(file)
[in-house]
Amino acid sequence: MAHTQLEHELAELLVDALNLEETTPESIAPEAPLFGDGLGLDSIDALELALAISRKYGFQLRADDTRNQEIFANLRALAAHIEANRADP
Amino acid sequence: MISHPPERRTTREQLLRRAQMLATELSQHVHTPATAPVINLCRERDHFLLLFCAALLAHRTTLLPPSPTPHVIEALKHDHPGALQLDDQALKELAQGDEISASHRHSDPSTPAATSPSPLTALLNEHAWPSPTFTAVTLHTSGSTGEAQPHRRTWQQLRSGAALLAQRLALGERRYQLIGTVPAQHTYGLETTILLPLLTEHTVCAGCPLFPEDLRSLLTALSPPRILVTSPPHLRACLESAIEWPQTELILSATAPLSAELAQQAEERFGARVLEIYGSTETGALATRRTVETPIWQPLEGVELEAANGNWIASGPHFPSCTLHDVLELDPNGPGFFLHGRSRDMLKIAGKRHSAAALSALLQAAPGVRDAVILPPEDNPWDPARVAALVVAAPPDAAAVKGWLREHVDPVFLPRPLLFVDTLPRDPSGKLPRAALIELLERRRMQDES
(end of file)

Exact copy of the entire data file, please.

[in-house]
Amino acid sequence: MAHTQLEHELAELLVDALNLEETTPESIAPEAPLFGDGLGLDSIDALELALAISRKYGFQLRADDTRNQEIFANLRALAAHIEANRADP
Amino acid sequence: MISHPPERRTTREQLLRRAQMLATELSQHVHTPATAPVINLCRERDHFLLLFCAALLAHRTTLLPPSPTPHVIEALKHDHPGALQLDDQALKELAQGDEISASHRHSDPSTPAATSPSPLTALLNEHAWPSPTFTAVTLHTSGSTGEAQPHRRTWQQLRSGAALLAQRLALGERRYQLIGTVPAQHTYGLETTILLPLLTEHTVCAGCPLFPEDLRSLLTALSPPRILVTSPPHLRACLESAIEWPQTELILSATAPLSAELAQQAEERFGARVLEIYGSTETGALATRRTVETPIWQPLEGVELEAANGNWIASGPHFPSCTLHDVLELDPNGPGFFLHGRSRDMLKIAGKRHSAAALSALLQAAPGVRDAVILPPEDNPWDPARVAALVVAAPPDAAAVKGWLREHVDPVFLPRPLLFVDTLPRDPSGKLPRAALIELLERRRMQDES